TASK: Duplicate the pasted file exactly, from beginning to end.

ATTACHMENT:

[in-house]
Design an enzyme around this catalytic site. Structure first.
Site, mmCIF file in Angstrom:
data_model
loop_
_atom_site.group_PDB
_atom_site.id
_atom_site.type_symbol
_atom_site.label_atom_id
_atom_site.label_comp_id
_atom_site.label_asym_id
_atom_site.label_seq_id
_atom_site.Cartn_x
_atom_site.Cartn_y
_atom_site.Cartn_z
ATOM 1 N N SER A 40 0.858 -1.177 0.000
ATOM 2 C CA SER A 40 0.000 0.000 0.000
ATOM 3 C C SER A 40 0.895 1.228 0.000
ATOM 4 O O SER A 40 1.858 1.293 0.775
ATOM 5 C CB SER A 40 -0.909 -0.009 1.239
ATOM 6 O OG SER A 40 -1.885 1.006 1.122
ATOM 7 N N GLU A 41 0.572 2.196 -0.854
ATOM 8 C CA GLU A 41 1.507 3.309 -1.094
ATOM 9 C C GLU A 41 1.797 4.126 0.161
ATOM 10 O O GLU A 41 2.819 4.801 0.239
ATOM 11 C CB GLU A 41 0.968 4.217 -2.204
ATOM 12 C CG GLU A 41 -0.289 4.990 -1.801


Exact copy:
[in-house]
Design an enzyme around this catalytic site. Structure first.
Site, mmCIF file in Angstrom:
data_model
loop_
_atom_site.group_PDB
_atom_site.id
_atom_site.type_symbol
_atom_site.label_atom_id
_atom_site.label_comp_id
_atom_site.label_asym_id
_atom_site.label_seq_id
_atom_site.Cartn_x
_atom_site.Cartn_y
_atom_site.Cartn_z
ATOM 1 N N SER A 40 0.858 -1.177 0.000
ATOM 2 C CA SER A 40 0.000 0.000 0.000
ATOM 3 C C SER A 40 0.895 1.228 0.000
ATOM 4 O O SER A 40 1.858 1.293 0.775
ATOM 5 C CB SER A 40 -0.909 -0.009 1.239
ATOM 6 O OG SER A 40 -1.885 1.006 1.122
ATOM 7 N N GLU A 41 0.572 2.196 -0.854
ATOM 8 C CA GLU A 41 1.507 3.309 -1.094
ATOM 9 C C GLU A 41 1.797 4.126 0.161
ATOM 10 O O GLU A 41 2.819 4.801 0.239
ATOM 11 C CB GLU A 41 0.968 4.217 -2.204
ATOM 12 C CG GLU A 41 -0.289 4.990 -1.801